The most economic solution does not necessarily mean that a warehouse should close. It may be that stock should be centralised at, for instance one “national” warehouse or, perhaps, at a small number of regional warehouses (say one in the north of the country, and one in the south), with other warehouses in the former network becoming stockless and acting as cross-dock facilities, with smaller footprints and fewer staff than before centralisation. The model can also be used to define regional boundaries between warehouses to ensure that potential warehouse capacities are best used and transport operations are efficient. Those ex-warehouses which are identified as having no future use, either as stockholding points or for crossdocking or consolidation can be disposed of.

The same computer models can often be used for transport planning, to determine economic routes and schedules, and to optimise the use of available fleet(s) of vehicles. At strategic level, and at the same time as doing any warehouse network modelling, the optimum size and “mix” of fleet (numbers of vehicles of different capacities or types) can be determined.

Computerised routeing and scheduling can be strategic, whereby it is reviewed periodically or, preferably tactical, where it is used on a daily basis, to optimise each day’s transport operations and to maximise the “fill” of delivery vehicles.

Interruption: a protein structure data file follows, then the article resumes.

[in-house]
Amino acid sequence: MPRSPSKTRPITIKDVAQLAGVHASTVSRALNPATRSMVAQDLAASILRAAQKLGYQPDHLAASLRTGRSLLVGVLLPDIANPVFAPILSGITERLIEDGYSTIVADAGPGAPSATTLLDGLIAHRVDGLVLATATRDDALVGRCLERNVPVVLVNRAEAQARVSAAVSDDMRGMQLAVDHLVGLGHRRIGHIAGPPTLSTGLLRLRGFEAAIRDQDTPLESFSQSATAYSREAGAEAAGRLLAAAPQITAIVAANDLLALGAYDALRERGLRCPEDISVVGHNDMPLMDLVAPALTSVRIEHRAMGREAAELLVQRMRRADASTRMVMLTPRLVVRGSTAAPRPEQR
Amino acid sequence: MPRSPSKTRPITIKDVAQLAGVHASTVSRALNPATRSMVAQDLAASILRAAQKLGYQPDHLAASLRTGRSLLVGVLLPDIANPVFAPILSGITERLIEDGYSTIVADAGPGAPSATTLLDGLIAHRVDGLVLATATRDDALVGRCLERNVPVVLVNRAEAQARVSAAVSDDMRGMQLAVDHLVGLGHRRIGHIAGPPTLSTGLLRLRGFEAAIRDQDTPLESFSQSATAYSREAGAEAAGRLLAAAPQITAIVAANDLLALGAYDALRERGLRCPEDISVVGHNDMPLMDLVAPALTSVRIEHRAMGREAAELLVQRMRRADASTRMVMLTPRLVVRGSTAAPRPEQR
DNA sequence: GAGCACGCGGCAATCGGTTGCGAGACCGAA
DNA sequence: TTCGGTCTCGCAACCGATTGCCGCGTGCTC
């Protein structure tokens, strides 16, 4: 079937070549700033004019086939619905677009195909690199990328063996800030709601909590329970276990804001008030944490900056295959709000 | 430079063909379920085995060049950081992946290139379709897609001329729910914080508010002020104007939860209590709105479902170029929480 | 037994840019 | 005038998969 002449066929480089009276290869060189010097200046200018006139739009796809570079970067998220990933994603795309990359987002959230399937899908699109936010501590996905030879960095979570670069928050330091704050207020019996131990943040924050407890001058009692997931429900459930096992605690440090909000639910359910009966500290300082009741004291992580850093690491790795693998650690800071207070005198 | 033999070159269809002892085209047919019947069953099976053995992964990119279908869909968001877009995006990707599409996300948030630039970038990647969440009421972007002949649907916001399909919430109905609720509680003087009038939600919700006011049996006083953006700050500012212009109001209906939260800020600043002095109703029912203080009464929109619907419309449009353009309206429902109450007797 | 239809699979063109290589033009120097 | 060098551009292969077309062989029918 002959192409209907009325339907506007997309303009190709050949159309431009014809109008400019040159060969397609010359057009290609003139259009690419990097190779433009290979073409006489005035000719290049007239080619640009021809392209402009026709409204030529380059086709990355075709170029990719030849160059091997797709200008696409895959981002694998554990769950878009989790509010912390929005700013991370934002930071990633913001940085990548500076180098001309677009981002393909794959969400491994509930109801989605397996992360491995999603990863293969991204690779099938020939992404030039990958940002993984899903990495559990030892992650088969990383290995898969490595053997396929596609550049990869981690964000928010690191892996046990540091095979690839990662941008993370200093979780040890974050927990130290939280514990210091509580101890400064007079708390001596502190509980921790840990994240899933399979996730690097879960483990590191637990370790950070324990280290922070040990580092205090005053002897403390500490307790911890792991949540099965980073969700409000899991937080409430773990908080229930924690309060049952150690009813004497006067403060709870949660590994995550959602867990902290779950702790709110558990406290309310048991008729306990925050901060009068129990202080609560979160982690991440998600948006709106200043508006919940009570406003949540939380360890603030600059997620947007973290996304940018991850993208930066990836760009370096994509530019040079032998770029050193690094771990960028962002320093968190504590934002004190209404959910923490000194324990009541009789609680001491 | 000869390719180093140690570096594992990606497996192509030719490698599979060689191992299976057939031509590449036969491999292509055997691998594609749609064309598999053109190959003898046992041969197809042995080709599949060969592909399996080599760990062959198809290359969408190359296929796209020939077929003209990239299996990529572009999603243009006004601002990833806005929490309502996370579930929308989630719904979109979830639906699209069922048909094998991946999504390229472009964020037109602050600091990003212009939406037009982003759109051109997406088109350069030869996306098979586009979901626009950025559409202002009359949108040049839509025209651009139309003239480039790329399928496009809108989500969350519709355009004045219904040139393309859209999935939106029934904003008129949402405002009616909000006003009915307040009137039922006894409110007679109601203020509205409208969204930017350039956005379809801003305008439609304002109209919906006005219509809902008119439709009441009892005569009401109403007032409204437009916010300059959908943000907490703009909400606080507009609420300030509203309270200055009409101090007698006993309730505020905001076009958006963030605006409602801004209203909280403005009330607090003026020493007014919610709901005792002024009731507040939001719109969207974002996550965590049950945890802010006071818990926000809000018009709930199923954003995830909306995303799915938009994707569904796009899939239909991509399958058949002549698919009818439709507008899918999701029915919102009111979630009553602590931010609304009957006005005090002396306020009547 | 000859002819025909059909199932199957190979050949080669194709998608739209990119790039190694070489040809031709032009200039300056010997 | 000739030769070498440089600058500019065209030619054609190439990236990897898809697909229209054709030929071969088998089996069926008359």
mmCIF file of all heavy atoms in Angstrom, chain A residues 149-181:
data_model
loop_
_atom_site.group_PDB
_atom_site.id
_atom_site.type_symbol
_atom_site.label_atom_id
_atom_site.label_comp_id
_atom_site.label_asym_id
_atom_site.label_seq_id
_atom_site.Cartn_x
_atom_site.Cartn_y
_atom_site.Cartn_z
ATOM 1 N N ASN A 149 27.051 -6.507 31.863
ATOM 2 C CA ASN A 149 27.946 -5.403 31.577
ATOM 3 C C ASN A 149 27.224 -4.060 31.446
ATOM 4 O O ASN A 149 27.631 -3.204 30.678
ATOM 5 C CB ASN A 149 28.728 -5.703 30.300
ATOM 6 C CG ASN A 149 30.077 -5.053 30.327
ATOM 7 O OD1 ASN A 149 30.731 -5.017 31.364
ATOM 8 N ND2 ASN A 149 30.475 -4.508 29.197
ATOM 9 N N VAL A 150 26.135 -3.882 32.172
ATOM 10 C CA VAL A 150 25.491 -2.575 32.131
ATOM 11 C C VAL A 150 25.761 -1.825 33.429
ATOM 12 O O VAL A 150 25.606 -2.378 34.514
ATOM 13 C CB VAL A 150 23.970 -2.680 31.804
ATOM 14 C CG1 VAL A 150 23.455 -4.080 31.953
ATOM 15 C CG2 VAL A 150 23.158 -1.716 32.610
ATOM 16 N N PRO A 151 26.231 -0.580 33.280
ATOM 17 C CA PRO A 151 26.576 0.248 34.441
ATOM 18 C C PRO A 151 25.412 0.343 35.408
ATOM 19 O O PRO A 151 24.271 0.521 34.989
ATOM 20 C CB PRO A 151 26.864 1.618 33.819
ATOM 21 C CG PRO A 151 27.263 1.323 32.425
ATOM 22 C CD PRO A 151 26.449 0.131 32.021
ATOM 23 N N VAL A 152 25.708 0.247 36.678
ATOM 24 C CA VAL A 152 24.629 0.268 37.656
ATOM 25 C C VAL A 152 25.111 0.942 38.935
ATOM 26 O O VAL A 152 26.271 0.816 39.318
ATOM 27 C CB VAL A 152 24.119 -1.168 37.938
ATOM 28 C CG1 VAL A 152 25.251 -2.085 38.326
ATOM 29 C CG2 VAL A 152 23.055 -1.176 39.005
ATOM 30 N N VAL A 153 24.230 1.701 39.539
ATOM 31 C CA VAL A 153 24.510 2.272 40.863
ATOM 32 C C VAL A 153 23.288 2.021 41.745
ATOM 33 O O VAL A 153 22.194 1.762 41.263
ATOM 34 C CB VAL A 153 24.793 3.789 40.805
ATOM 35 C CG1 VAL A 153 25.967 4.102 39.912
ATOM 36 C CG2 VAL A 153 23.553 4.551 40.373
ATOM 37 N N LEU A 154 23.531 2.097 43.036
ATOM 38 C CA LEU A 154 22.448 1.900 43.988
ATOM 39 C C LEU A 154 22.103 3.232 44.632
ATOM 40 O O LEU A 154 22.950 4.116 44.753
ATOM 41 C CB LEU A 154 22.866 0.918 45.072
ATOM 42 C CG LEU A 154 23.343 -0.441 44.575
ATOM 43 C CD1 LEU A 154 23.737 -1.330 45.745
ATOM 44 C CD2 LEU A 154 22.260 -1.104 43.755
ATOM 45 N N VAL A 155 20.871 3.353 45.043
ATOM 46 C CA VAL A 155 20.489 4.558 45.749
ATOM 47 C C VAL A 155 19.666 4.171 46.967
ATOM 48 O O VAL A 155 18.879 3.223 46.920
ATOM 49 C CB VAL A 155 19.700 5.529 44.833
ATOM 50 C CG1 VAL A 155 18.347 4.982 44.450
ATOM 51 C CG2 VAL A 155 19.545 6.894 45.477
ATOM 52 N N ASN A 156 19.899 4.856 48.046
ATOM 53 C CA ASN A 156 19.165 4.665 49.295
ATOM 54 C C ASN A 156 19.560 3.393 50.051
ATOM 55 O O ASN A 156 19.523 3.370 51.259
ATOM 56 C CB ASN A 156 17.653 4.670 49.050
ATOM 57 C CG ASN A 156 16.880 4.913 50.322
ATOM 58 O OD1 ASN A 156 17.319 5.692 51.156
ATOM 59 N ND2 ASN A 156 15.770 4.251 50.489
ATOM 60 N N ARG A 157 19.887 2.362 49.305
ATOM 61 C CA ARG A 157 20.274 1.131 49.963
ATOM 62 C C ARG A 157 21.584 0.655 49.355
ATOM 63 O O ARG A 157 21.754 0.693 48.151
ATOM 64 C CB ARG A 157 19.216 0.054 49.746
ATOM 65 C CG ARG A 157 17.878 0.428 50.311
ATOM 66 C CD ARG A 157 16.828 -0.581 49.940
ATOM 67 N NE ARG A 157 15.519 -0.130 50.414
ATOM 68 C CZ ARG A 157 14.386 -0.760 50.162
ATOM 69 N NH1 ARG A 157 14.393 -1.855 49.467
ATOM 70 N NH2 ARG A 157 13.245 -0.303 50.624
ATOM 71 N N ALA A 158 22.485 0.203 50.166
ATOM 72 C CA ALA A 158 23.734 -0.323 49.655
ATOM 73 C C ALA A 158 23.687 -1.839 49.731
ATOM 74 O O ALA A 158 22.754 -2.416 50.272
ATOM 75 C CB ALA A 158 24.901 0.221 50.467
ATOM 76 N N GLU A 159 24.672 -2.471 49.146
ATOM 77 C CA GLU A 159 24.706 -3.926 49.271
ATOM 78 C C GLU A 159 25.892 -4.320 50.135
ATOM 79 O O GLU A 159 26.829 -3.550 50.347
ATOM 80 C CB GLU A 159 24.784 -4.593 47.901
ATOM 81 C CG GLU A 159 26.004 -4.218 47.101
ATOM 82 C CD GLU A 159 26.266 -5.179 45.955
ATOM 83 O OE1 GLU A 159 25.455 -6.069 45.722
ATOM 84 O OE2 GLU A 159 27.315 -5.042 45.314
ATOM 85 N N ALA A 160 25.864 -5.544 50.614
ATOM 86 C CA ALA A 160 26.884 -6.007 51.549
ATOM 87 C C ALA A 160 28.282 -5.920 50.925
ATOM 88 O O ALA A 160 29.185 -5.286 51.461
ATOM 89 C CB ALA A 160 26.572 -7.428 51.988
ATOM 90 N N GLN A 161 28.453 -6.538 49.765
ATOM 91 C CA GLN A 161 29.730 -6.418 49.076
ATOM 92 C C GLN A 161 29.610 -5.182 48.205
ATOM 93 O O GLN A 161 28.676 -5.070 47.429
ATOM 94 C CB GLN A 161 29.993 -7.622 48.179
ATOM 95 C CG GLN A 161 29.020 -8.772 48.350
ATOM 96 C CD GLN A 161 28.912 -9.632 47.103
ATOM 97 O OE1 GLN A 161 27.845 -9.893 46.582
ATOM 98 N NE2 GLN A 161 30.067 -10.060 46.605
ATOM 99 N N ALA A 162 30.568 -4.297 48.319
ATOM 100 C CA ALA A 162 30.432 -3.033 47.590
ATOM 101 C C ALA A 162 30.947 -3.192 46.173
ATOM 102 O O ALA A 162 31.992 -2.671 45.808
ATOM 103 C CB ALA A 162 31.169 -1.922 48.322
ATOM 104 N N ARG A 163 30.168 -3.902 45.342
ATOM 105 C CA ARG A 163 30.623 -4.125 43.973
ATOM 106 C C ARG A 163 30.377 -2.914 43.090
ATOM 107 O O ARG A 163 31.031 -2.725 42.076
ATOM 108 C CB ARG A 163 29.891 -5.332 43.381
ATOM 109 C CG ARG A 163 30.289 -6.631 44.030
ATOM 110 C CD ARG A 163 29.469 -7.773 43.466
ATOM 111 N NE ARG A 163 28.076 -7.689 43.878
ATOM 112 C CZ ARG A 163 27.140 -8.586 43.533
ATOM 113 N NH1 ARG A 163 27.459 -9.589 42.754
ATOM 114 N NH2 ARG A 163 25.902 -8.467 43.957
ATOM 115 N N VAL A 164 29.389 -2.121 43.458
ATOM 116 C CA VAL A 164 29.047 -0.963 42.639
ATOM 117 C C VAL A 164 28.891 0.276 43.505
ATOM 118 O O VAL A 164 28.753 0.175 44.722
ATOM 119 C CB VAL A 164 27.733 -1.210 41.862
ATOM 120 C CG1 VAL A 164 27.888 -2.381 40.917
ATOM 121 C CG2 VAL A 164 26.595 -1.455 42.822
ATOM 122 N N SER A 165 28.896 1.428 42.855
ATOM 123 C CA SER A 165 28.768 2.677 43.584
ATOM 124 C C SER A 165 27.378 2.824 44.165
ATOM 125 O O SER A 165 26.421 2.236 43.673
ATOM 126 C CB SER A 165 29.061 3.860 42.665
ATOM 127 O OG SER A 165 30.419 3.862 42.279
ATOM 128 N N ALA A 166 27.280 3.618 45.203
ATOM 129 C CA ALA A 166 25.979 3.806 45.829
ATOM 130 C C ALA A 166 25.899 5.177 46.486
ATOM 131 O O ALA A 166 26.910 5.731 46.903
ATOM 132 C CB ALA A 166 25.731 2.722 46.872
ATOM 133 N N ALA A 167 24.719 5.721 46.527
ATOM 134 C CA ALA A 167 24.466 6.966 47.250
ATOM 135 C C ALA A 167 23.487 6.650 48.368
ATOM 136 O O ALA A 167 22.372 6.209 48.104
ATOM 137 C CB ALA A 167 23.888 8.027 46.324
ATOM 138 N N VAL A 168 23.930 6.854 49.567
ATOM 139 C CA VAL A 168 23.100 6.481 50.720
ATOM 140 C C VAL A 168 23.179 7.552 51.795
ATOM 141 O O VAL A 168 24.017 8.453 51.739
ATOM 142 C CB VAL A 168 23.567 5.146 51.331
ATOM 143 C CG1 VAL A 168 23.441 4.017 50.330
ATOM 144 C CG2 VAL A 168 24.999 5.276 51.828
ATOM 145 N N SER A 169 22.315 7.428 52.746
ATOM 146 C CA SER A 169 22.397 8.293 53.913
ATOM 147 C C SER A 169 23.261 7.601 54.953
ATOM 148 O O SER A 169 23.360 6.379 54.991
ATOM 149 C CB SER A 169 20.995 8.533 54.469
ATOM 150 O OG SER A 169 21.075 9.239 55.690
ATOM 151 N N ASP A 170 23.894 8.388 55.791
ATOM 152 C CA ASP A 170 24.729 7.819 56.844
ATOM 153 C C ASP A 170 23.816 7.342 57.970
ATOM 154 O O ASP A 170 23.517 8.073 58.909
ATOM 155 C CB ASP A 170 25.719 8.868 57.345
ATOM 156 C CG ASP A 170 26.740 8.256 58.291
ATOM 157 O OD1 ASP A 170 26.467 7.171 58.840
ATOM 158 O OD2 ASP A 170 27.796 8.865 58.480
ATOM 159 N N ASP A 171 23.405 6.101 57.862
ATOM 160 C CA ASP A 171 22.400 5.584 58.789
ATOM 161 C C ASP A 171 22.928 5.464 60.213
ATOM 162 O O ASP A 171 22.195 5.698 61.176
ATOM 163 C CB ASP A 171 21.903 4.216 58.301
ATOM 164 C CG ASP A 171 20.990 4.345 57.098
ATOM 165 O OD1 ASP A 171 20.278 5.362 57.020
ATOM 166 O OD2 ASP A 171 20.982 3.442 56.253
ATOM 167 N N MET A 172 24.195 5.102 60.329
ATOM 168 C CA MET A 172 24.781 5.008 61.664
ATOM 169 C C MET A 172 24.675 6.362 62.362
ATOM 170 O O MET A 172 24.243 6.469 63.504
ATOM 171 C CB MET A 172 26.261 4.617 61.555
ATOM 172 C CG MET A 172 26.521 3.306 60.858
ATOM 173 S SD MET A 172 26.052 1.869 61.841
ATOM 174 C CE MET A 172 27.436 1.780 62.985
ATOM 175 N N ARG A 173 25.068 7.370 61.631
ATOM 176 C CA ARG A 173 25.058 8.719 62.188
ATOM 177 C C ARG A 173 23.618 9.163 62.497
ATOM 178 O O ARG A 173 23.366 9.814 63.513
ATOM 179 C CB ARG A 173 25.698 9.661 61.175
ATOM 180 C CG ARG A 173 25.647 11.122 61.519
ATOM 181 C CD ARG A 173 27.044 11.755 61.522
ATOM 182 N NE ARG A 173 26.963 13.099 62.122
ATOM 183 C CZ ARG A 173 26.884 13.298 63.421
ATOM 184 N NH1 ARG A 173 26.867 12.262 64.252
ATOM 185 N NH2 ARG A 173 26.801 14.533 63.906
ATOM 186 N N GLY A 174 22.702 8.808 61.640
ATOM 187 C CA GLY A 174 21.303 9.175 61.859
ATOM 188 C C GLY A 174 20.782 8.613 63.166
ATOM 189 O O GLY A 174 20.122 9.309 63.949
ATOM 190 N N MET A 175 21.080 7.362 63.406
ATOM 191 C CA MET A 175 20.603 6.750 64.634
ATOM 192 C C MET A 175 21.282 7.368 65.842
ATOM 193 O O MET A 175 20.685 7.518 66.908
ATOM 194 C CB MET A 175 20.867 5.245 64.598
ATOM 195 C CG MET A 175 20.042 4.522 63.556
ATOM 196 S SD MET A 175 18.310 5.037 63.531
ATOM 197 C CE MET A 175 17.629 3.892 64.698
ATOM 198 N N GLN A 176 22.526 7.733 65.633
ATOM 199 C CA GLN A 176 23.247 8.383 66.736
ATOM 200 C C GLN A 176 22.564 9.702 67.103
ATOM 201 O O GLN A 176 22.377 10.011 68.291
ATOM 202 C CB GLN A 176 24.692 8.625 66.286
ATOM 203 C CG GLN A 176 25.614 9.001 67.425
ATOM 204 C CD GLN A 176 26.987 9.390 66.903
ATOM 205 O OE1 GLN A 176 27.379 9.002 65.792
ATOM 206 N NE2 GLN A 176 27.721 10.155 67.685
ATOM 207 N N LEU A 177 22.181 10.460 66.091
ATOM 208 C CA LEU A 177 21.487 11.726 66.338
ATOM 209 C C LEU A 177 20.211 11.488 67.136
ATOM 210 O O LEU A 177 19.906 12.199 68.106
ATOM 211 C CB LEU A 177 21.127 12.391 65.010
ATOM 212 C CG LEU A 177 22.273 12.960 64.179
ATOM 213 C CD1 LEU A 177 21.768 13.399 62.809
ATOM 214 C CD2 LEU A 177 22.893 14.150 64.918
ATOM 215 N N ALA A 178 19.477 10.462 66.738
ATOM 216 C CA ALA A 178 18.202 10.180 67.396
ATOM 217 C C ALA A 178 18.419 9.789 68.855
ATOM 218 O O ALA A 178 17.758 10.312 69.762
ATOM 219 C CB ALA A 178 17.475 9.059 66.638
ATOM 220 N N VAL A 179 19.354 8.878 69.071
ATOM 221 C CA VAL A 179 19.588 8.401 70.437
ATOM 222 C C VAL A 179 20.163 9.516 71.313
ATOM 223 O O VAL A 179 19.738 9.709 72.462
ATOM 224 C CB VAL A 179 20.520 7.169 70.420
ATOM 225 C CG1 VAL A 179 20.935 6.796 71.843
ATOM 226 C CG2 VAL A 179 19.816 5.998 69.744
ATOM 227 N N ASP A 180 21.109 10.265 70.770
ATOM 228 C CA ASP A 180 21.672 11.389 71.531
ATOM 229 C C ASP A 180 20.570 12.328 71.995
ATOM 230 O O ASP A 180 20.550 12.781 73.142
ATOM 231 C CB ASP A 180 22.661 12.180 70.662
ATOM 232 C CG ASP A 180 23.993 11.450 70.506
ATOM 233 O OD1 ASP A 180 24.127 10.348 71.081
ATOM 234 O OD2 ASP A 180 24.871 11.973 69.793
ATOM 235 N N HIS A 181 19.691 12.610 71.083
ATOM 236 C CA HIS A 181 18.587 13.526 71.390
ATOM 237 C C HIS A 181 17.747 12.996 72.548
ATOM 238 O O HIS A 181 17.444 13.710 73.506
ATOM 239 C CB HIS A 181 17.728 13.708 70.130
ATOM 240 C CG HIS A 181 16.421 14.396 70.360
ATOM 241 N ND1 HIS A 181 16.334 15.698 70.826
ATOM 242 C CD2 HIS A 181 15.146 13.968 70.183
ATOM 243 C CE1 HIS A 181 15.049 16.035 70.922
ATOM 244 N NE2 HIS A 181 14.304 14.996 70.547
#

Though it may initially be difficult and time-consuming to install and commission a routeing and scheduling system (you can always be sure that there is an ex-driver who now works in the despatch office who thinks he can out-think the computer) be persistent. Provided the computer package is reputable and the parameters set correctly it shouldn’t take long to see real benefits. I will always remember the Logistics Director who, after listening to a range of “excuses” from his staff as to why computer-aided routeing and scheduling would never work, took away the ignition keys to the trucks that the system said were not required for each daily run, and left the warehouse only with the number of trucks that the system said were required. It was only a day or two before all the teething problems had been identified and resolved, leaving the company with a much more efficient and costeffective transport operation, and spare trucks for disposal!